Mr. Alarcon’s comments, made in an interview published in April, revived hope that a bold move is coming.

“One of the questions that we are currently discussing at the highest level of the government is the question of emigration,” he told a French journalist.

“We are working toward a radical and profound reform of emigration that in the months to come will eliminate this kind of restriction.”

However, Vice Foreign Minister Dagoberto Rodriguez last week told exiles not to set their hopes too high, vowing the government would maintain some travel controls as long as it faced a threat from opponents in Washington.

Havana residents say they are anxiously waiting to see what the government does.

“The time has come to get rid of the exit visa,” said Vivian Delgado, a shop worker.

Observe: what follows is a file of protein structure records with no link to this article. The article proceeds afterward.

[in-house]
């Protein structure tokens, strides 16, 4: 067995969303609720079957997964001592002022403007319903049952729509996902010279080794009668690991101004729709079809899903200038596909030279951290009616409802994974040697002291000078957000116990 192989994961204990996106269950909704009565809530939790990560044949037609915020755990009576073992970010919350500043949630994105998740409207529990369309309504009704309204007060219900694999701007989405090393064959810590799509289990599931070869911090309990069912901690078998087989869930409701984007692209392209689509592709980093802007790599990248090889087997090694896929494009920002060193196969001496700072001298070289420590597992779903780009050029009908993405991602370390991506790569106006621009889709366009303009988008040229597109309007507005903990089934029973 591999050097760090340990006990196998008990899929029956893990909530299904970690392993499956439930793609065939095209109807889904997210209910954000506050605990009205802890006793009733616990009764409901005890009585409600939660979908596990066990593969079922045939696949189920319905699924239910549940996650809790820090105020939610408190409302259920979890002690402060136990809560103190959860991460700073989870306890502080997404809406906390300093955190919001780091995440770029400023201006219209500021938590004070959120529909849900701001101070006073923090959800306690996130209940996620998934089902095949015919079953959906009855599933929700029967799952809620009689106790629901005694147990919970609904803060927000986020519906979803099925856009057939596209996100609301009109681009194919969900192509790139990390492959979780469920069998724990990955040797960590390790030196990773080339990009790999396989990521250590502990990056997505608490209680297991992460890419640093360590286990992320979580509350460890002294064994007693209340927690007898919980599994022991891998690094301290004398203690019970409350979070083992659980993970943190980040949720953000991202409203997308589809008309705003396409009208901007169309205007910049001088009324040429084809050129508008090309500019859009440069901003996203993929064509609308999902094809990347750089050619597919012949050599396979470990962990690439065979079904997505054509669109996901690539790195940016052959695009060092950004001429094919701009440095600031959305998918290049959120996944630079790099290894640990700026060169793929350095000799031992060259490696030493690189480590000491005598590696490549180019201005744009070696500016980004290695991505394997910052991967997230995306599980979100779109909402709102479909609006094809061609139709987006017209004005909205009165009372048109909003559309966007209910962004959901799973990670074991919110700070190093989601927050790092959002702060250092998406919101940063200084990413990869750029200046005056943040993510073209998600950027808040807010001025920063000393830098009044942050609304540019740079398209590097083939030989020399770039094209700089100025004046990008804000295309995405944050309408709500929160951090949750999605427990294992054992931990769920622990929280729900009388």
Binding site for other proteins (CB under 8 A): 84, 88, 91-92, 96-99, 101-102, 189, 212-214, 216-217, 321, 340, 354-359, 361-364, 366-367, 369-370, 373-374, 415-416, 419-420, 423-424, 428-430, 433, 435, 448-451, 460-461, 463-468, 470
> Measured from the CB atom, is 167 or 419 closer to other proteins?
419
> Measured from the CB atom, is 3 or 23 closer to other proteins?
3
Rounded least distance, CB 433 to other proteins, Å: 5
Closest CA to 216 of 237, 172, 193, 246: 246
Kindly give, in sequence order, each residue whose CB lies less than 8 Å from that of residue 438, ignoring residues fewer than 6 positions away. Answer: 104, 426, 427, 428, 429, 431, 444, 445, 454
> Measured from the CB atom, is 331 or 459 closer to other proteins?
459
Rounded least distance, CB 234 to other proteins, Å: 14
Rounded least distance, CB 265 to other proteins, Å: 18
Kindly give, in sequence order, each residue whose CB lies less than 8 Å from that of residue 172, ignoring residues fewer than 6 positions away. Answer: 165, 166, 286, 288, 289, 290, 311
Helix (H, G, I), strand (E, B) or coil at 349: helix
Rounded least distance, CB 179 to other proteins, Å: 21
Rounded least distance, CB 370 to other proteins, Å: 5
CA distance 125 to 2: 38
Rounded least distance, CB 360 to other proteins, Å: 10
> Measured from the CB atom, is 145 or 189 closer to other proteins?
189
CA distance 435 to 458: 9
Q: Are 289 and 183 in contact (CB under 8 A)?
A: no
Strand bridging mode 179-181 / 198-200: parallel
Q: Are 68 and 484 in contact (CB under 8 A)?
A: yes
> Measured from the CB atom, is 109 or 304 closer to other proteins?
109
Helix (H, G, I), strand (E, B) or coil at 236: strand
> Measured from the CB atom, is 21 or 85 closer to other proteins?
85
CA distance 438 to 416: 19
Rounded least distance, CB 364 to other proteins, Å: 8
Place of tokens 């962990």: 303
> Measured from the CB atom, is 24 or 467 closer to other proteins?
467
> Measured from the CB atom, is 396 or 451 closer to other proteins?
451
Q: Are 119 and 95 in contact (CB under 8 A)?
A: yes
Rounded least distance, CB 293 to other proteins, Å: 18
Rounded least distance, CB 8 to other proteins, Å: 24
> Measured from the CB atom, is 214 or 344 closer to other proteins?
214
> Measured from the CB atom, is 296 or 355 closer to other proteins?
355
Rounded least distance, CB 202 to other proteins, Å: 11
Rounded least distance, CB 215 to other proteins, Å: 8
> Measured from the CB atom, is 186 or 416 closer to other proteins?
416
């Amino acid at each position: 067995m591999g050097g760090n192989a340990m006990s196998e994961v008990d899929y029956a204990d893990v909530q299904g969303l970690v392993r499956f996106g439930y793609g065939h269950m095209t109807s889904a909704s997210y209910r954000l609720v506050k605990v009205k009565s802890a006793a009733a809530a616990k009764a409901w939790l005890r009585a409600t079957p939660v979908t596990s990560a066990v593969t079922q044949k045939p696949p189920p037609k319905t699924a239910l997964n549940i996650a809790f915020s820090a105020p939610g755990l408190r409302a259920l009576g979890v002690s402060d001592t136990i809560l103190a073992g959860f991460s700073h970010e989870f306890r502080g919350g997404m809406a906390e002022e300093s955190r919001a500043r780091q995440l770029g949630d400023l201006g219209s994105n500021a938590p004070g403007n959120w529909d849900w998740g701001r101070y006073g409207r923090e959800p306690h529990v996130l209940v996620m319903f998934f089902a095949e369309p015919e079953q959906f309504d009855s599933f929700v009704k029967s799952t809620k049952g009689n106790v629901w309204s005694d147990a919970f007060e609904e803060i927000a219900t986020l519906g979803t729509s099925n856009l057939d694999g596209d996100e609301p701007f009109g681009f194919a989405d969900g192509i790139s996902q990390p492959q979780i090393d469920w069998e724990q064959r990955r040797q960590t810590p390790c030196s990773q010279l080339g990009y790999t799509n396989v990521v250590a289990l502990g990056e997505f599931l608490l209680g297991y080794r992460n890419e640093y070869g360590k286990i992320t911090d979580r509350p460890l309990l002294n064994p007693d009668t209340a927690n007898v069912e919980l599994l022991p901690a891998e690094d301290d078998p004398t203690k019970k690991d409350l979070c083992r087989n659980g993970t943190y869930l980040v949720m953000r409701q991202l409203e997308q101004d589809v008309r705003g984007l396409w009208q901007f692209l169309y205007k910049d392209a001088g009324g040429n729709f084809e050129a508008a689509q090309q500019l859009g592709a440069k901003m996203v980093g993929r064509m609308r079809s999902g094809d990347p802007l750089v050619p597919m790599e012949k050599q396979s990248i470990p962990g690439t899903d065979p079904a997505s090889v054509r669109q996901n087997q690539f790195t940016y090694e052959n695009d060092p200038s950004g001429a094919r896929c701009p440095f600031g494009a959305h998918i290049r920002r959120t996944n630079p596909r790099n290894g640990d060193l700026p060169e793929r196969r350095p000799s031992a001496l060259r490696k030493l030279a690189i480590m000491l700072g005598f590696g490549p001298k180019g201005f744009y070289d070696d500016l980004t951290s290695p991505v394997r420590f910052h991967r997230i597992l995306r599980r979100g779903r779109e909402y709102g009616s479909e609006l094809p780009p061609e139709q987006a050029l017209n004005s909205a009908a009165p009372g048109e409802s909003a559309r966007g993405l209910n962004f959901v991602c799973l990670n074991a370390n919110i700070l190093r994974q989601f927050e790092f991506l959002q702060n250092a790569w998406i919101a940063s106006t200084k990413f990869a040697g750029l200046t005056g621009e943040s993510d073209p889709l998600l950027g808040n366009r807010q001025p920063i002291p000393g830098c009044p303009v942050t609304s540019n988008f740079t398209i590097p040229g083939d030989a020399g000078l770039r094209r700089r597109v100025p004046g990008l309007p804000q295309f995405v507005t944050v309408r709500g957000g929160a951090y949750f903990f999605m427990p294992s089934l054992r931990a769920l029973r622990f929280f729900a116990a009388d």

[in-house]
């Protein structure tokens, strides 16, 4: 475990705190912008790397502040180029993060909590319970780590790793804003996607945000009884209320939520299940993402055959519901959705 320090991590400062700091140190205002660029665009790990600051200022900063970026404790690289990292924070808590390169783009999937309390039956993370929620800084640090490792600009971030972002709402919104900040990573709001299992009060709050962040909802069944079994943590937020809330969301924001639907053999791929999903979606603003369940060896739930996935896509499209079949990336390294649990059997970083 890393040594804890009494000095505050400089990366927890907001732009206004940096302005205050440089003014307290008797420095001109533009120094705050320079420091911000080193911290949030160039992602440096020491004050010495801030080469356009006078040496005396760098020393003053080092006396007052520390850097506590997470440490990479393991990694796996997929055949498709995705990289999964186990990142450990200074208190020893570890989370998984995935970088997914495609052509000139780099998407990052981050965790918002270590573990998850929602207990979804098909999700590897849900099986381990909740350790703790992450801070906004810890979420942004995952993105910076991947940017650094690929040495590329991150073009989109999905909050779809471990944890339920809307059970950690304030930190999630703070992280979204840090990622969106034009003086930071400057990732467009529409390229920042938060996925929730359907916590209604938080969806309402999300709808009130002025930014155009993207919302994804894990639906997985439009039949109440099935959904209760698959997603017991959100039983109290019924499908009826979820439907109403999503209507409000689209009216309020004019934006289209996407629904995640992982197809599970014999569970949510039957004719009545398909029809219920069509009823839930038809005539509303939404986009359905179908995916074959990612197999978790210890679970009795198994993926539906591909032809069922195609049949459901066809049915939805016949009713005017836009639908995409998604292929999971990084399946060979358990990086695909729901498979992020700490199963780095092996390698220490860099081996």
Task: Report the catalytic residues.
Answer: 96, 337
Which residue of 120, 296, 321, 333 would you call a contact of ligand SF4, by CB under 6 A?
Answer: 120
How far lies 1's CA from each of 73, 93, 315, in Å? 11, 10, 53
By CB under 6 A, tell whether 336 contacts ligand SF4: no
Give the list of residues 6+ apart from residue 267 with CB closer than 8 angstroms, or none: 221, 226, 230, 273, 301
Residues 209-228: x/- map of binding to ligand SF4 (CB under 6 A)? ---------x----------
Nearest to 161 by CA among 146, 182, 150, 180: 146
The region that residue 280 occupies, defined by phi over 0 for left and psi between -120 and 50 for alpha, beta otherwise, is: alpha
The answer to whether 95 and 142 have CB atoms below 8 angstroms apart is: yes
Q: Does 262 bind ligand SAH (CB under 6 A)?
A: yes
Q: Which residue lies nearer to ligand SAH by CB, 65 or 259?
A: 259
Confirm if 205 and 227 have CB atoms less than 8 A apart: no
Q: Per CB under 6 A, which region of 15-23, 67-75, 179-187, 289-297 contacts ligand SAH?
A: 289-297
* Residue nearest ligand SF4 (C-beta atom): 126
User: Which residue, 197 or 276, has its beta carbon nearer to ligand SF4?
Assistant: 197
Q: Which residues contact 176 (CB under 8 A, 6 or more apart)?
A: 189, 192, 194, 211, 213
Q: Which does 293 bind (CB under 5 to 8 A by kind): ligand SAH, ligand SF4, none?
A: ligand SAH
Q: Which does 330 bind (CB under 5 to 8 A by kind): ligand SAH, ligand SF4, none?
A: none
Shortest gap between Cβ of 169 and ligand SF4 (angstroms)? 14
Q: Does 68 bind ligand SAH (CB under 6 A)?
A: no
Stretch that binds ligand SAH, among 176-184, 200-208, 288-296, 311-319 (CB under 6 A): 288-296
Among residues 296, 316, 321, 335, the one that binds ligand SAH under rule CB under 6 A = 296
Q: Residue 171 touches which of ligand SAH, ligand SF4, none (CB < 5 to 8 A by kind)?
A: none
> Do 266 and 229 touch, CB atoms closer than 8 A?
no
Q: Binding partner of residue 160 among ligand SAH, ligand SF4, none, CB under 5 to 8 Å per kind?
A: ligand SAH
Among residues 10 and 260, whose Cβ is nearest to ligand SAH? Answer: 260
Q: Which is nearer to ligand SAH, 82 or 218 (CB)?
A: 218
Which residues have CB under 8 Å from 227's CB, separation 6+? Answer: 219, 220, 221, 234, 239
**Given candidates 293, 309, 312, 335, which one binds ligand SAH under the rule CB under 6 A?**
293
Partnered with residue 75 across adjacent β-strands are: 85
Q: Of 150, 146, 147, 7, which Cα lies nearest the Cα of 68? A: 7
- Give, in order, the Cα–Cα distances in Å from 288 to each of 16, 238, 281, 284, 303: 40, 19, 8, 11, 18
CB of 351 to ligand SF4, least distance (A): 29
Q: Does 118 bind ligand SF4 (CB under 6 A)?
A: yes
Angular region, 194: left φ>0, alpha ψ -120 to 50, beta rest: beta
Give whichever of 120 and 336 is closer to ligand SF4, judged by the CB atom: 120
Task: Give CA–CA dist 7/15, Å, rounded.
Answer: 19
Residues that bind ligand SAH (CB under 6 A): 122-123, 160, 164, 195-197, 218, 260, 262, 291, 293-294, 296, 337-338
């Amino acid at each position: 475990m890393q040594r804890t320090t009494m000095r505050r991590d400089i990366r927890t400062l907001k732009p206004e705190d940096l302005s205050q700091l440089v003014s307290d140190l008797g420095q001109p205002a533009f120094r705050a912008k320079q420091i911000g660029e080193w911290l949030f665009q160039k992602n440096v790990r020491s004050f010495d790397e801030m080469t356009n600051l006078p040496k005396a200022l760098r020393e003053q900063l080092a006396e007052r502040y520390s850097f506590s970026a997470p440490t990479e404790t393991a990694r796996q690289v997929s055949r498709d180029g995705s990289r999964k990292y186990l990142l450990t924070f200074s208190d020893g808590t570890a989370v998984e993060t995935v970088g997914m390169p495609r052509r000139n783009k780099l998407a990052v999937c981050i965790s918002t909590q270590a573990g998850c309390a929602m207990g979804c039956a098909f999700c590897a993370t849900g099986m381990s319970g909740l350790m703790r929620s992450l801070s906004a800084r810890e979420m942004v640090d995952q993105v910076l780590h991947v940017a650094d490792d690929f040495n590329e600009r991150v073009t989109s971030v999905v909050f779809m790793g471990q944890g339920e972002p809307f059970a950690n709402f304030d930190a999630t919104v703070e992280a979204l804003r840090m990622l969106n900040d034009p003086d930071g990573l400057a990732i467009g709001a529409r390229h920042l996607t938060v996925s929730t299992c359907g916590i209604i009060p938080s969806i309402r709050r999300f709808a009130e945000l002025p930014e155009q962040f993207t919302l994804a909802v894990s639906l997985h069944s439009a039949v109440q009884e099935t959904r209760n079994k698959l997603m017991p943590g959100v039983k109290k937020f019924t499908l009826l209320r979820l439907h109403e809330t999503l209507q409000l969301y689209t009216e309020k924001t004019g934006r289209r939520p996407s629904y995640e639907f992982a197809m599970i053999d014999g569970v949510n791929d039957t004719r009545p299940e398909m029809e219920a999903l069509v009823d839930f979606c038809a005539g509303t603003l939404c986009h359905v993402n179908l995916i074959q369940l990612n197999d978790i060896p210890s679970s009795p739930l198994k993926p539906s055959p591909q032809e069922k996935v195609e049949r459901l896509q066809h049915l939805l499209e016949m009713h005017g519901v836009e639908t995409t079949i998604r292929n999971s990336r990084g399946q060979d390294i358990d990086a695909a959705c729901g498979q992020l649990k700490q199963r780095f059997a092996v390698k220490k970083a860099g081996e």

“It’s absurd that as a Cuban, I must get permission to leave my country, and even worse that I need permission to come back.”

Domingo Blanco, a 24-year-old state office worker added, “It’s as if one needed to ask to leave one’s own house.”

Many Cubans are reluctant to talk about their own experience with the exit visa. One woman named Miru, who has been trying to leave Cuba since 2006, shared her story on the condition her full name not be used for fear that speaking with a foreign journalist could get her in trouble.

“This has been a very long process,” she said of her odyssey, which began when her husband defected from a medical mission in Africa and sought asylum in the United States.

First, she had to get a letter releasing her from her job at a government ministry. That process took five years.

Three months ago, she applied for an exist visa but has yet to receive an answer. Officials say her case is complicated but will not give a specific reason for the delay.

“I am very anxious to see my husband again,” she said.

Cuba’s Berlin Wall